How the Hotel Industry is Adopting Localisation Strategies

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As Chinese consumers have more and more money to spend, they expect more from the hotels they visit – inside their own country and abroad. Hotel chains can thus seriously benefit from localisation efforts.

When thinking of hotel chains that are opening new additions to their company abroad, localisation might not be the first thing that comes to mind.

In an article on China Daily, however, Jiang Wanjuan states that the hospitality design industry must keep in mind that their creations appeal to the intended audience. Over the years, travellers have become more sophisticated, Wanjuan says, and hotels are used for more than just sleeping. For an optimum hotel experience, she says, guests should be reminded of exactly where they are.

Of course, this applies to hospitality design in China as well. Even though international companies used to transfer their hotel designs directly to their Chinese locations, this practice has long been abandoned, Wanjuan says.

Now, there are even conferences on subject of localisation for the Asian market! At the 2014 Asia Hotel Forum, for example, discussions were held on how to adapt hotels to fit the market and strategies to attract more Chinese guests. At the conference, Wanjuan spoke to two experts on hospitality design: Christian Low and Eric D. Ullmann.

Wanjuan started off by asking the two why some hotels alter their design for new markets, while others employ the same design all over the world? Low, Asia Pacific regional director of hospitality with designing provider AECOM, replies that traditionally, large hotel chains liked to maintain a uniform look all over the world. However, he says this trend is changing – now, most hotels are trying to offer their guests a localised experience for every country their hotels are in.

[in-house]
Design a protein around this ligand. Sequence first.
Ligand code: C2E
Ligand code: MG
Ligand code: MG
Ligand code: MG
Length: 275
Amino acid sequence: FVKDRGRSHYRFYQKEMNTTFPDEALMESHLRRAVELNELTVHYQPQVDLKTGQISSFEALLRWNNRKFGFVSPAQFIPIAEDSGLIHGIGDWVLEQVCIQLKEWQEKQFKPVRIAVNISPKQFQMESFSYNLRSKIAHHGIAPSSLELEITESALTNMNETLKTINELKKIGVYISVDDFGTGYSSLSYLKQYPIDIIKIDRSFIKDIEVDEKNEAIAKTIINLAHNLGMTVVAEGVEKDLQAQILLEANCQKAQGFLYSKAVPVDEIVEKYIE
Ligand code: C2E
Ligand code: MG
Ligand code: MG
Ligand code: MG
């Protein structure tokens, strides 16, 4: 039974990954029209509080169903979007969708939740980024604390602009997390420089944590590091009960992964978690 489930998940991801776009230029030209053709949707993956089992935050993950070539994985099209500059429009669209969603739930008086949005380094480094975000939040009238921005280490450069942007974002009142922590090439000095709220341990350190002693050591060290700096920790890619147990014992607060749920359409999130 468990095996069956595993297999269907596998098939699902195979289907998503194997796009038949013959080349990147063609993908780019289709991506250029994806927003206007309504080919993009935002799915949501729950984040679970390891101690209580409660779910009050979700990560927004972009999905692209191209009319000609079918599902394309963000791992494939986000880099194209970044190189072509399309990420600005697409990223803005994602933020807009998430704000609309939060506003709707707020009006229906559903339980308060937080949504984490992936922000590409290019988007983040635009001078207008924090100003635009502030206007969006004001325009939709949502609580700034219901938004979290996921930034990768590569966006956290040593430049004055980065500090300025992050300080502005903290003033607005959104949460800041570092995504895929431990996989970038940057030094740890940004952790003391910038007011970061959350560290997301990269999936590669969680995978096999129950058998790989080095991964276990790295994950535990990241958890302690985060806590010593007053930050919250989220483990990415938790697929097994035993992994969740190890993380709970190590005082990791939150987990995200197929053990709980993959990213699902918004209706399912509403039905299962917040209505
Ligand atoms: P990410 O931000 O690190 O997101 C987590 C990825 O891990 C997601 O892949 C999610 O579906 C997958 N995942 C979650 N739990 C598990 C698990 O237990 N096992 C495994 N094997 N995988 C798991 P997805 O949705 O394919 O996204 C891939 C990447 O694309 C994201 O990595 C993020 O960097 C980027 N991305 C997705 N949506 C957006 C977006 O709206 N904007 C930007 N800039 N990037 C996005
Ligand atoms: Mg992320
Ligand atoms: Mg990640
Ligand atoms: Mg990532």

Of course, Low says, the design is a very important feature of a hotel. He claims successful hotels have their own “design soul” and that localisation and uniqueness have always played a big role in the works of innovative design firms.

Ullman, who is the president and design principal of DMU, a global leader in hotel interior design, adds that people also travel to see the city; hotels have to incorporate the country’s culture in their design to provide the best experience possible. Designers must keep the users in mind, he says, in hopes that guests will tell others about the great time they had at the hotel.

Ullman also claims companies are now trying harder to understand the Chinese customer: after all, there is a lot of money to be found on the Asian continent! Hospitality design has greatly been influenced by China. Now, he says, Chinese companies expand overseas, and Chinese people travel abroad as well.

This means international companies are trying to design hotels that appeal to the Chinese consumer. Wanjuan asks Low and Ullman what the Chinese actually like when it comes to hotel designs: Low states that the travelling Chinese are more and more sophisticated, meaning they are looking for unique, ingeniously designed hotels that incorporate the culture of the country they are in. Ullman adds that the Chinese also value a private dining area and lounge very highly. He does point out Chinese travellers have become more demanding: in fact, some simply travel to see hotels!

When asked about the average Chinese hotel, Low says that compared to overseas equivalents, the Chinese were often not that innovative in their designs. He believes this can be attributed to the fact that China simply didn’t have the monetary resources to do otherwise. However, this has changed in recent years, he says, and there are now a number of innovative hotels to be found in China. He also states that recent studies on China’s demographic and economy reveal a demand for budget and mid-market hotels, but Low believes there is room for growth in all segments. However, as the Chinese are increasingly sophisticated, he says, innovation is an important feature regardless of the prince range.

Concluding, Low says it is worthwhile to keep a close watch on the Chinese hospitality market – which includes both these hotels that are located in China and those aimed at Chinese guests travelling abroad. He believes the innovation, cultural sensitivity and the increasingly demanding Chinese consumers will raise the industry’s standards.

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